How do you choose between different dog foods? The most attractive packaging? The price? Which ingredients should you look for and which should you avoid when buying dog food? The best thing you can do is to learn how to read pet food labels.
You are probably (or maybe not?) a careful reader of food labels; but are you reading the labels on the dog food you buy? If you care what you feed your dog, and want to improve the chances of a long and healthy life, reading the labels on pet food – and understanding what they indicate – is one of the best things you can do for your dog.
General points to bear in mind
- The starting point is your dog’s age, weight, breed and possible health problems it may have.
- A seal saying “organic” must contain at least 95% organic ingredients, while “Made with Organic Ingredients” should contain at least 75% organic ingredients. When there is less than 70% organic ingredients in the food, the label can say organic, but no seal may be used.
- The guaranteed analysis is a mandatory guarantee that the food contains the labeled percentages of protein, fat, fiber and moisture.
- What you wouldn’t find is the percentage carbohydrates. You can get a fairly close number by subtracting the protein, fats, moisture, and fiber from 100. The reason it’s important to know this number is that dogs don’t need a lot of carbs, and consuming too many can result in obesity and health problems
- Food that is size-specific can help to determine what food has the right amount of calories and nutrition for your dog, like food for a “Small breed” differs from that for a “Large breed”. Food is also generally labeled either “All Life Stages” which is for growing puppies or a lactating dog; or “Adult Maintenance” which is meant for all other dogs.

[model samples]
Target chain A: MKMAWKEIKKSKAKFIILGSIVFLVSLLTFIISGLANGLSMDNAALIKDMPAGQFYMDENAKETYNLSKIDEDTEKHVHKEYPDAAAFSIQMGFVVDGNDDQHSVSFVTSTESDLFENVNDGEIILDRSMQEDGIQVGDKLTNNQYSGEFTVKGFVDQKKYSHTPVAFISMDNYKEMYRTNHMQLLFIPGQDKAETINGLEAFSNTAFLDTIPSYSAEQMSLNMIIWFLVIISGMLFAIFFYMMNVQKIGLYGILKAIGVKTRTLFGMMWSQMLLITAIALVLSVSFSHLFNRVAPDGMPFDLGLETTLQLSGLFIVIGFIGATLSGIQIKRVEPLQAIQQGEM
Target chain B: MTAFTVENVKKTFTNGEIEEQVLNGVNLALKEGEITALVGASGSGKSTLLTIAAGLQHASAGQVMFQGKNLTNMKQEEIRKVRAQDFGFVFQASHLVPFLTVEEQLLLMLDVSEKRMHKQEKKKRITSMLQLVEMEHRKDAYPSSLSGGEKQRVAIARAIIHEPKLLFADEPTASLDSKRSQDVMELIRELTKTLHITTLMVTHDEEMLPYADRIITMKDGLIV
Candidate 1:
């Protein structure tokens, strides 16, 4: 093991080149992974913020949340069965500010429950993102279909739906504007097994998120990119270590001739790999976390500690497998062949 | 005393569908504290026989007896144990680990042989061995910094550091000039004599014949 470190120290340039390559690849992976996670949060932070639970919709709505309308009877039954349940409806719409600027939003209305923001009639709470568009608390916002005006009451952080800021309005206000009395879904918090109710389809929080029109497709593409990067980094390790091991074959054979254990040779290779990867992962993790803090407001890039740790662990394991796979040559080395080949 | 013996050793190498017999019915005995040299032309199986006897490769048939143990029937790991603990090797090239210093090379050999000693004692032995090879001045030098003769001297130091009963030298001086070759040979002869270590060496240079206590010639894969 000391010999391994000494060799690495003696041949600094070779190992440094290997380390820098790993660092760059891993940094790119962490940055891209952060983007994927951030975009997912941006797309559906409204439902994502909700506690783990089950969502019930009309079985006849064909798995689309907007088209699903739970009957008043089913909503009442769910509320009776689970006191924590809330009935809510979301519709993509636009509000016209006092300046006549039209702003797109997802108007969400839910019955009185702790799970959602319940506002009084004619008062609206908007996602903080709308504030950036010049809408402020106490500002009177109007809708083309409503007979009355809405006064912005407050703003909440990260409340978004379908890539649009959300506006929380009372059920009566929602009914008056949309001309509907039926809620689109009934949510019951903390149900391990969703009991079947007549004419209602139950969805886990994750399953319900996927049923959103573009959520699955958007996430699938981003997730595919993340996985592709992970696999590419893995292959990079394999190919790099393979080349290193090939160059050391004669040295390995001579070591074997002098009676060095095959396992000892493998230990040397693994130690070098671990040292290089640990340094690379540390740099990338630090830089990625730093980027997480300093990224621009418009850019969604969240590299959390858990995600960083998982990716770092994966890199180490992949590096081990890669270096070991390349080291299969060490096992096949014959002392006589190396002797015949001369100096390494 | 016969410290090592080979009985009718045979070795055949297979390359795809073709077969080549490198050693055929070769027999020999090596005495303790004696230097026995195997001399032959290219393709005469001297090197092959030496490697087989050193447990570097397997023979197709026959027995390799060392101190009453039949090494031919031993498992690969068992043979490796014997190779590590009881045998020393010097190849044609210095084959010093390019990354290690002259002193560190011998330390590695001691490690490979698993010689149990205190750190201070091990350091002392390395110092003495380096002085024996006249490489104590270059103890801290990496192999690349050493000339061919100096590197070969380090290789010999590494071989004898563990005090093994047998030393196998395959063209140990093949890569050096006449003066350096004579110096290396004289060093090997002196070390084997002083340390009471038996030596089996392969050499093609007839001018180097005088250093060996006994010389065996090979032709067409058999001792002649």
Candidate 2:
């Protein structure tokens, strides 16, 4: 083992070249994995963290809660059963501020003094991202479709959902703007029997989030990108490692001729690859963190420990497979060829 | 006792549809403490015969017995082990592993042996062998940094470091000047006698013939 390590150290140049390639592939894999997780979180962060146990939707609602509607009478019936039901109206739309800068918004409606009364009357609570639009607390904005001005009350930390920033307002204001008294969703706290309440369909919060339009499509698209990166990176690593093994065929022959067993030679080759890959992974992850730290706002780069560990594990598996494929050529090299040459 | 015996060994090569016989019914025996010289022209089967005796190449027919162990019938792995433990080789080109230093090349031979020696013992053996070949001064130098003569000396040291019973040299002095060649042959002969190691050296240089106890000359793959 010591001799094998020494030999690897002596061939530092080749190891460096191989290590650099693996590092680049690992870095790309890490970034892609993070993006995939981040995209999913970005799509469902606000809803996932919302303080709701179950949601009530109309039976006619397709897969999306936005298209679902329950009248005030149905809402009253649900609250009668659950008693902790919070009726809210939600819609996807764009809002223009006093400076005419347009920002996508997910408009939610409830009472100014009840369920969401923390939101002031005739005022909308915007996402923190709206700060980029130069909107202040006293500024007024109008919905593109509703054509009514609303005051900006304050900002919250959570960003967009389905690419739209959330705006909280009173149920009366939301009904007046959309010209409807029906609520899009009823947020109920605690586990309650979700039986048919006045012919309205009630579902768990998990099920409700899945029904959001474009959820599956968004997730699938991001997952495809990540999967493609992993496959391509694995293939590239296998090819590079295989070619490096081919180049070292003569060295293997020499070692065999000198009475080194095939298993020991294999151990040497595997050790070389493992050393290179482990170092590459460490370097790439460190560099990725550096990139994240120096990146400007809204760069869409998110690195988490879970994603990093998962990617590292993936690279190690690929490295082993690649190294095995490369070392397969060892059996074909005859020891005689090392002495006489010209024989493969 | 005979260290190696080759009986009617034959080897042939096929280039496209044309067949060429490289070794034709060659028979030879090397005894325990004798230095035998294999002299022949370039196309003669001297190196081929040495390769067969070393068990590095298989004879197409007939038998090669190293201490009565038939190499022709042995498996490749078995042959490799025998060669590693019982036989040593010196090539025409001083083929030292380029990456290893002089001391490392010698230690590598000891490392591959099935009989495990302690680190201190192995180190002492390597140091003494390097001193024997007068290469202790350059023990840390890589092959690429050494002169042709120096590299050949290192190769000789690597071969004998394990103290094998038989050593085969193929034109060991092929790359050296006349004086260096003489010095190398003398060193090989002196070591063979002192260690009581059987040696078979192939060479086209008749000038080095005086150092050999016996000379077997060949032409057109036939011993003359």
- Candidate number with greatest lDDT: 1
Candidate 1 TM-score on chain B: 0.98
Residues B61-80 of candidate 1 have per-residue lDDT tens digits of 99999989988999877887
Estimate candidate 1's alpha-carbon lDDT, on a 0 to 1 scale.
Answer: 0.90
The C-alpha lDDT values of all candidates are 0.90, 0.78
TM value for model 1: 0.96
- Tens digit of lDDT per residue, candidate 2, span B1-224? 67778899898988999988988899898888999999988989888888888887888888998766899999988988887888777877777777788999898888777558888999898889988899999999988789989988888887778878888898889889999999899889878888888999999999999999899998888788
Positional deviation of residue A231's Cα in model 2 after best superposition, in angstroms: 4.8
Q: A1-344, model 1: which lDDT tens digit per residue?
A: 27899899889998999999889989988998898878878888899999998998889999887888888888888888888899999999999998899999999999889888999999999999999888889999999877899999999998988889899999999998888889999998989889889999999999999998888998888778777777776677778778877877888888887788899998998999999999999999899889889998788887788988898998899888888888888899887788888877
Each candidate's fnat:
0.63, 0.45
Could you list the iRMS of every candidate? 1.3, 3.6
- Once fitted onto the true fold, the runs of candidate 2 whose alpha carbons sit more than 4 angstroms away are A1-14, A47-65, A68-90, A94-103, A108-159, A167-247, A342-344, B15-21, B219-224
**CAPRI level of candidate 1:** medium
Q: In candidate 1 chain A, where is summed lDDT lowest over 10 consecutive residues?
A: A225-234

- Be aware that wet and dry dog foods use different standards and that the percentage of protein in wet food isn’t the same as in dry food. Wet (canned) dog food contains more moisture and fewer carbohydrates and is considered healthier by many pet nutritionists.
- Look for a label that confirms the food meets minimum nutrition requirements, as established by the AAFCO.
- A label that says “supplemental” isn’t complete and balanced and shouldn’t be fed for an extended length of time.
The ingredient list
- The ingredient list must display everything used in the food, from the biggest to the smallest. You need to take the percentages as well as the sources into consideration. The first ten ingredients are the important ones, and you want to pay special attention to the main ingredient, which should be a specific source of meat, like beef, lamb, chicken etc.
- Avoid foods that use byproducts like “chicken byproduct meal”. Rather try and avoid protein meals, and if you do buy a “meal”, stick to those that mention specific animals like lamb rather than beef meal. The main source of protein should be from meat, so stay away from sources such as vegetables and grain.
- Avoid foods with MSG, artificial colors and added sugars. And be on the lookout for chemical names like BHT, BHA, propylene glycol etc. which are chemical preservatives that can be toxic to pets.
- Look for food that contains sources of fruit and vegetables and real food names like barley, pork, pumpkin, rice.
- The grains should preferably be oats, barley, millet, and quinoa; as corn, wheat and soy are common allergens.